Posts Tagged ‘conservatives’
President Obama and his policies are very bad for the United States. As conservatives, we know that. Heck, most Americans believe it.
So when conservatives overreact to something Obama says, it makes other criticisms of him and his policies less impactful.
Case in point is a comment that Obama said a couple days ago about stay at home moms. The headline in the Weekly Standard blared: Obama on Moms Who Stay Home to Raise Kids: ‘That’s Not a Choice We Want Americans to Make’
Now, that certainly sounds outrageous. But is that actually what happened? Here is Obama’s quote on that point:
Sometimes, someone, usually mom, leaves the workplace to stay home with the kids, which then leaves her earning a lower wage for the rest of her life as a result. And that’s not a choice we want Americans to make.
My interpretation is that what Obama was trying to say was that moms (or dads) who choose to stay home with their kids should be stuck earning a lower wage later when they re-enter the workforce.
I generally agree with that. What I don’t want is government dictating that parents who leave the workforce to raise kids come back into the workforce at a certain wage or salary. That should be left up to market forces. And, if business owners are smart, they will take into account the skills, experience, and talent of parents re-entering the workforce.
A good treatment on this comes from Mollie Hemingway at The Federalist. She points out that moms who choose to stay at home recognize that their earning potential will be impacted in the future – and they still make the choice to stay at home.
At the same time, I’m struck by how shallow our discussion of parenting is. Of all the things to note about how parenting changes you, the craziest is the idea that the only thing that really matters is income. Yes, I traded income for more time with my children. And I still do.
And I’m the winner in this exchange, as are my children. Maybe it’s because I grew up in a family with much happiness but not much in the banking account. I don’t know. But I learned from my parents that there are things far more valuable than cash money. Time with my children far exceeds any paycheck I’ve received (it may help that I’m a writer, admittedly). I treasure the moments I’ve had caring for them, watching them reach milestones, seeing them conquer obstacles, helping them learn musical instruments or how to read. I have never had a job — particularly some of the horrible office jobs I’ve had — that came close to the joy and fulfillment I’ve had with my daughters.
The bottom line for me is that Obama gives us plenty of things to criticize fairly. We don’t need to overreach to make the point that he’s been a terrible president and that the country is in worse shape know that in should be.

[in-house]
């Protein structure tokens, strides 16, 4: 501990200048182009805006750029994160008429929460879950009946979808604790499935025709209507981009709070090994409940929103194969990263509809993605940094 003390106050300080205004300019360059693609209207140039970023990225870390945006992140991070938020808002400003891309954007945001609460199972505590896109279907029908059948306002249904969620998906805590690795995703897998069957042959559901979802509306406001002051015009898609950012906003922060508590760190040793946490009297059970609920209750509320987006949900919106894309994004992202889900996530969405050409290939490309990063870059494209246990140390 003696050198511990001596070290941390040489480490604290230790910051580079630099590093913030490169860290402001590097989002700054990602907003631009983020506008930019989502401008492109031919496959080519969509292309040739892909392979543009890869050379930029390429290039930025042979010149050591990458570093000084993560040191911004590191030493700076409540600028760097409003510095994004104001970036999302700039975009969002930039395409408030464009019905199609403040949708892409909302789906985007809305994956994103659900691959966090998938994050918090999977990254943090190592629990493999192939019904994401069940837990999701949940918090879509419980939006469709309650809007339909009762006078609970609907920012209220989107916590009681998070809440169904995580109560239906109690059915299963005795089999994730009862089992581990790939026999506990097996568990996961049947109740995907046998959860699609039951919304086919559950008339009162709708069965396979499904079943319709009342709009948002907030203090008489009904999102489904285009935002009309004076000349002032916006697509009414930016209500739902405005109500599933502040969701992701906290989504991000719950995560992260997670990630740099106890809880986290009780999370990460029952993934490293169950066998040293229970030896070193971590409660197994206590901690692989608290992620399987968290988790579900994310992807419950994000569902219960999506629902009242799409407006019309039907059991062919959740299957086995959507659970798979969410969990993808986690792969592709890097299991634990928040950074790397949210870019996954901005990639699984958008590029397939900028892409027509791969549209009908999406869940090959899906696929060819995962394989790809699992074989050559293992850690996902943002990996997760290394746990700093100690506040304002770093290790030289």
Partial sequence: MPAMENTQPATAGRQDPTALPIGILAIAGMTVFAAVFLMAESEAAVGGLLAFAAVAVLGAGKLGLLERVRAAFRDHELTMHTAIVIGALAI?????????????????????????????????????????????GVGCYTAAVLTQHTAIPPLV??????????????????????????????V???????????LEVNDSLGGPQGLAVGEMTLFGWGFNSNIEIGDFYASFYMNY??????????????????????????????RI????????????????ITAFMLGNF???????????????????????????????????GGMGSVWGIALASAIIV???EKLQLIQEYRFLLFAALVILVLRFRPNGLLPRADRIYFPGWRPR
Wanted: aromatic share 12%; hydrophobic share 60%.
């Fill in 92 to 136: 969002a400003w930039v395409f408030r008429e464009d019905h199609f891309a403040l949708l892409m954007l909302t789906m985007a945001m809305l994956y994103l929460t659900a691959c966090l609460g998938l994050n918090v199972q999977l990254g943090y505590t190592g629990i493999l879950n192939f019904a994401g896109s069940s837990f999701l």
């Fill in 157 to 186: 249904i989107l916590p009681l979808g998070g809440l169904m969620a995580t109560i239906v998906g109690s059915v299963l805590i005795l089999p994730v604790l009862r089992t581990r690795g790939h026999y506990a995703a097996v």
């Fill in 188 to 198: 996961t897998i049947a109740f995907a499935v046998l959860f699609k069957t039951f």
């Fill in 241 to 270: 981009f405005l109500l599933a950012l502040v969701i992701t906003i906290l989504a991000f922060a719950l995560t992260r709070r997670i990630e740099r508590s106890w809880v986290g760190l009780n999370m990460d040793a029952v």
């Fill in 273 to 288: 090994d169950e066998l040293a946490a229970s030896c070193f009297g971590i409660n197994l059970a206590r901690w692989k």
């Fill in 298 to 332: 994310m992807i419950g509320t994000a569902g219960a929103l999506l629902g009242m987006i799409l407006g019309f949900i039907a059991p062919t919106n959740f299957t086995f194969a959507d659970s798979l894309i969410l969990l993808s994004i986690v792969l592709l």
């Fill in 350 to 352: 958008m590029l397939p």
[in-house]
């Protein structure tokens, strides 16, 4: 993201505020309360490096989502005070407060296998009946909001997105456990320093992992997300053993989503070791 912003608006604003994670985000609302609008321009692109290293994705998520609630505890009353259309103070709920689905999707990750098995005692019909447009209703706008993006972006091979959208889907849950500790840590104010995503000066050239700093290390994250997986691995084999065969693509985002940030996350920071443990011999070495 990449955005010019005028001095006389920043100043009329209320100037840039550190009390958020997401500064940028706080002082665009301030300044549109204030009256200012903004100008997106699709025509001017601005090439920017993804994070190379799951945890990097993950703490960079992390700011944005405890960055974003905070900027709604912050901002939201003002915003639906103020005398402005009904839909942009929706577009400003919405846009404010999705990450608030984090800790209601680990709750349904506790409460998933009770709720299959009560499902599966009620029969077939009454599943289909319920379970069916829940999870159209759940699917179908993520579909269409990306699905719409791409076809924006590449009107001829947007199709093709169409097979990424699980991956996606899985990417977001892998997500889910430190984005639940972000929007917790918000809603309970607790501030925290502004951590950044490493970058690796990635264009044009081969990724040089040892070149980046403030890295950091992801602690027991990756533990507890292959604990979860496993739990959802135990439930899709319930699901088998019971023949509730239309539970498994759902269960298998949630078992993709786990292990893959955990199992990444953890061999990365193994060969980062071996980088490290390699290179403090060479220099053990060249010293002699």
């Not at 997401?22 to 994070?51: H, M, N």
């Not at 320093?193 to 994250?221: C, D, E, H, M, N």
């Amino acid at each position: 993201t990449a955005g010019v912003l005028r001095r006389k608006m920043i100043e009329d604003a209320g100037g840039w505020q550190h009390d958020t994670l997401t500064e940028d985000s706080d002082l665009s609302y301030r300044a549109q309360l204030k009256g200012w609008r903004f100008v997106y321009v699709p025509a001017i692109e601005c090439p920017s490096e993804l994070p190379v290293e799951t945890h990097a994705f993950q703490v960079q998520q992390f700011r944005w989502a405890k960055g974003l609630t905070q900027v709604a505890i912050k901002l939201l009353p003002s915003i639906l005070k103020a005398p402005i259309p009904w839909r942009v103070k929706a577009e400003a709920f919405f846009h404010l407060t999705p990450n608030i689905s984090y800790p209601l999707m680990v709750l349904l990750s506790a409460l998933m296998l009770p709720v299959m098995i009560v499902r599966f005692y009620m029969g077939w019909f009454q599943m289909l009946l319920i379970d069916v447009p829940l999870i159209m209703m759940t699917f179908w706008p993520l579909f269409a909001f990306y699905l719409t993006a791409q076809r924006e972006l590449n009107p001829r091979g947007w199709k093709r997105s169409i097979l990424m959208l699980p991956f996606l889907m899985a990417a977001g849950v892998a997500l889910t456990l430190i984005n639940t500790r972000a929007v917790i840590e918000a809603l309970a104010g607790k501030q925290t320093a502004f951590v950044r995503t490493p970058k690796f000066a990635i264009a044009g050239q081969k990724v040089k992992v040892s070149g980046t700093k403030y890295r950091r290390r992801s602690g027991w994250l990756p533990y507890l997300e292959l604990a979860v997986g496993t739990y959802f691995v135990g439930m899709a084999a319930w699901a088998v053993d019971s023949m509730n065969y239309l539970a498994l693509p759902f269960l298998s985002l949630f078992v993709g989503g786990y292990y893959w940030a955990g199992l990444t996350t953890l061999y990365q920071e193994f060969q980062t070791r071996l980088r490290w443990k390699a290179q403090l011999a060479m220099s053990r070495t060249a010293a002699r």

If anything, the results on Tuesday are going to prove that point in spades.
“What was that?” My car had just made a very loud thump and I looked in the rearview mirror to see what it was. “It” was 2013 and it was lying motionless in the road behind me, the life drained out forever.
Ok, that was a little graphic, but what’s behind us, is behind us. And we move on.
However, we know that we are supposed to learn from the past so that we don’t repeat our mistakes, so it’s probably worth thinking about what we can learn from 2013.
So, what’s the big lesson learned from 2013?
It’s time for conservatives to assert ourselves and push back on the complete tripe that the Left sputters on a daily basis.
Yes, we took a beating in 2012 – with Romney losing to Obama and losing seats in the U.S. Senate. We were rocked back on our heels and needed to lick our wounds and regroup.
The conservative movement largely sat out of the biggest race of the year in 2013 – the Virginia Governor’s race – and as a result, the king of cronyism and corrupt business dealings, Terry McAuliffe, is now the Governor of Virginia.
So it’s time that we grab our bootstraps and pull ourselves up and make the arguments – from the head and from the heart – that less government involvement in our lives is a good thing.
And I know that we can win the argument. We just need to help people see what is right in front of them.
Think about it. The “Hunger Games” trilogy has been wildly successful and created two blockbuster films. The story is a manifesto against bigger government.
Same goes for “Divergent” which will be released as a major motion picture this year. We (conservatives) lament how the popular culture is working against us, but when something in popular culture makes our point, we need to celebrate it, promote it, expand on it.
The lesson of 2013? Two young girls, each in their own way, asserted themselves to shine the light of truth in a dark world. We need to follow their example.
Here’s to Katniss and Tris – true freedom fighters.